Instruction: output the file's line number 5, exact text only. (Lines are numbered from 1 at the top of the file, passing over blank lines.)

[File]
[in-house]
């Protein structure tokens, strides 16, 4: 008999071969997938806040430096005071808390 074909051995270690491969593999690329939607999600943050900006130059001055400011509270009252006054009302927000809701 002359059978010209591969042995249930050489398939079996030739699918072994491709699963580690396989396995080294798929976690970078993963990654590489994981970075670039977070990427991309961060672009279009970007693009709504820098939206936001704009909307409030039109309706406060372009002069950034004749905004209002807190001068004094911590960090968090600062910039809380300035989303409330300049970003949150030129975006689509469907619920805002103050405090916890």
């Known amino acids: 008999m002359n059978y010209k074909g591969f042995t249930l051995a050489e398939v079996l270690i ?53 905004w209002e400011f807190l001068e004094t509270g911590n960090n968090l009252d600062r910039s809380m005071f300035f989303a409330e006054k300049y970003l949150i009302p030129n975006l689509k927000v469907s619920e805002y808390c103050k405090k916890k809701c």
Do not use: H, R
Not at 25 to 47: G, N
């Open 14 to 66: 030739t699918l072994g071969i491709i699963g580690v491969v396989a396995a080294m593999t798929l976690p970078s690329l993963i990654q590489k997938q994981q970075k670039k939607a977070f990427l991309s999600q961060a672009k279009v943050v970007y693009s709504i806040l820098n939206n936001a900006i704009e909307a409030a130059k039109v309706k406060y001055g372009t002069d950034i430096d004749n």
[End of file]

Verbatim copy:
Not at 25 to 47: G, N